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By Virginia Hamilton Adair

Past the fourth cloverleaf, by dwindling roads   

At last we came into the unleashed wind;

The Chesapeake rose to meet us at a dead end   

Beyond the carnival wheels and gingerbread.


Forsaken by summer, the wharf. The oil-green waves   

Flung yellow foam and sucked at disheveled sand.   

Small fish stank in the sun, and nervous droves   

Of cloud hastened their shadows over bay and land.


Beyond the NO DUMPING sign in its surf of cans   

And the rotting boat with nettles to the rails,   

The horse dung garlanded with jeweling flies   

And papers blown like a fleet of shipless sails,


We pushed into an overworld of wind and light   

Where sky unfettered ran wild from earth to noon,   

And the tethered heart broke loose and rose like a kite   

From sands that borrowed diamonds from the sun.


We were empty and pure as shells that air-drenched hour,   

Heedless as waves that swell at the shore and fall,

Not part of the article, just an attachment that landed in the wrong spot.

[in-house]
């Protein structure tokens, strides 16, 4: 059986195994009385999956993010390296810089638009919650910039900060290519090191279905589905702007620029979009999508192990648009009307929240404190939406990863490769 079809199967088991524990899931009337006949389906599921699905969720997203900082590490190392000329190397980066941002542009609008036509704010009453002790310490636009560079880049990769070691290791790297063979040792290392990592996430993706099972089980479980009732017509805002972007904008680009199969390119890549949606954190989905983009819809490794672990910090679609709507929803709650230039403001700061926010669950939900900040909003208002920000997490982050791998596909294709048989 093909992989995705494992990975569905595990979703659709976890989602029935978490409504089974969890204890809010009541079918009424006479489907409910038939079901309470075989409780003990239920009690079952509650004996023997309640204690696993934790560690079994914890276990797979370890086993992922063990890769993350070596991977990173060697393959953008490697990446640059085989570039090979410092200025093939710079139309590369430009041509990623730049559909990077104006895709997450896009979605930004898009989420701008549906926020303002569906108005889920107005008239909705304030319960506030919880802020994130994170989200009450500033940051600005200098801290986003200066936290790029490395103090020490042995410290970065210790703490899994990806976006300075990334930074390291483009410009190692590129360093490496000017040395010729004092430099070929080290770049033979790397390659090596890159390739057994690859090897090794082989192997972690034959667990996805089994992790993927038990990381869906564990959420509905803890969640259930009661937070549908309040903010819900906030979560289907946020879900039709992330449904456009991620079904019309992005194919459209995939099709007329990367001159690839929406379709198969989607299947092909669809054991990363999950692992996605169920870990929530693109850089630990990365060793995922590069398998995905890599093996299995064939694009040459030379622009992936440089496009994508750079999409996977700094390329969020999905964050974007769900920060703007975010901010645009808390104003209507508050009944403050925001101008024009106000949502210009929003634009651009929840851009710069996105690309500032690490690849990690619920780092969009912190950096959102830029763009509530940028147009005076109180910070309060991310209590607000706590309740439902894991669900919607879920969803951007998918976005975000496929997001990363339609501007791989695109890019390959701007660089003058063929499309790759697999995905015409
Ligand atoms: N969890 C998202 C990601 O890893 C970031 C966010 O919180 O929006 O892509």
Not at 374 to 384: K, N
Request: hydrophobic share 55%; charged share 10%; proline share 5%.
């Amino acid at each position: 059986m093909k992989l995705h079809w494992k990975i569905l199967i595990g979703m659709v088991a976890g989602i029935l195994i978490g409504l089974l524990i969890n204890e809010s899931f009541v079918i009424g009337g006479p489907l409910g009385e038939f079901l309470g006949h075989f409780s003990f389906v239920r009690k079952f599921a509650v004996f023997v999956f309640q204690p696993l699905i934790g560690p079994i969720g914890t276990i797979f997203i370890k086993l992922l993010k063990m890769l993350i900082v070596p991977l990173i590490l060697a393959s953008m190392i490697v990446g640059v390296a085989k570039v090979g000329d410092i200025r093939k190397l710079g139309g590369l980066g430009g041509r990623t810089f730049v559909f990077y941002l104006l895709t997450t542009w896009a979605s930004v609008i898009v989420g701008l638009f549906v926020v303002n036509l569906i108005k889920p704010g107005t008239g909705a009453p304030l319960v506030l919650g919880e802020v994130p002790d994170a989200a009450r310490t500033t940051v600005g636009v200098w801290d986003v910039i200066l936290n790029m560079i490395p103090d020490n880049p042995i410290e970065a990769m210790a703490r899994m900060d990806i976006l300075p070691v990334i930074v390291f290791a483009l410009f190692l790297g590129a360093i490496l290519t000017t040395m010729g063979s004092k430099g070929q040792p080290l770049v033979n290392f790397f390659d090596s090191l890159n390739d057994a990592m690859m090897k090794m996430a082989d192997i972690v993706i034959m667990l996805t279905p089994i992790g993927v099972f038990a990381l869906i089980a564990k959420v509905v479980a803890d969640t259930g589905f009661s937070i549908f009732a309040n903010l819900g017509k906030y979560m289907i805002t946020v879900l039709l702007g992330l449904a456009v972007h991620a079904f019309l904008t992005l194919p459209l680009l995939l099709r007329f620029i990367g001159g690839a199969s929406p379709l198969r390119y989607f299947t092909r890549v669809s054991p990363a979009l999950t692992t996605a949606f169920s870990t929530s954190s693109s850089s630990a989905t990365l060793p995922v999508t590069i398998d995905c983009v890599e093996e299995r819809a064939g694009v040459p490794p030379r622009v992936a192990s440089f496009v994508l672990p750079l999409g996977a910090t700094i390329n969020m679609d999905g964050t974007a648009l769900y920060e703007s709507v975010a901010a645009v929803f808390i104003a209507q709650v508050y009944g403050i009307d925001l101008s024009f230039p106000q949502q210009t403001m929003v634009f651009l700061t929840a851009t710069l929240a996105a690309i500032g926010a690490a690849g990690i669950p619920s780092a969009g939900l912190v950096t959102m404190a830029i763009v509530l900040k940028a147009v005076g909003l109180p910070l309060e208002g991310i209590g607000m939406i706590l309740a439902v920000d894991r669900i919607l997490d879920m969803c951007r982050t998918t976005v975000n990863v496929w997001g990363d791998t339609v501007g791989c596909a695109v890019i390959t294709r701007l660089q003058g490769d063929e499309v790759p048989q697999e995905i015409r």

Pliant as sea-grass, the rapt inheritors

Of a land without memory, where tide erases all.


Virginia Hamilton Adair, “Buckroe, After the Season” from Ants on the Melon. Copyright © 1996 by Virginia Hamilton Adair. Used by permission of Random House, an imprint and division of Penguin Random House LLC. All rights reserved.

Source: Ants on the Melon: A Collection of Poems (Random House Inc., 1996)

  • Activities
  • Living
  • Nature

Poet Bio

Virginia Hamilton Adair
Although she had written all of her life, Virginia Hamilton Adair didn’t publish her first book until she was 83, by which time glaucoma had left her blind. Ants on the Melon appeared in 1996 to wide acclaim for its playful rhymes, beguiling sense of nostalgia, and the poet’s frank, often humorous take on her blindness. She published two other books before her death: Beliefs and Blasphemies and Living on Fire.

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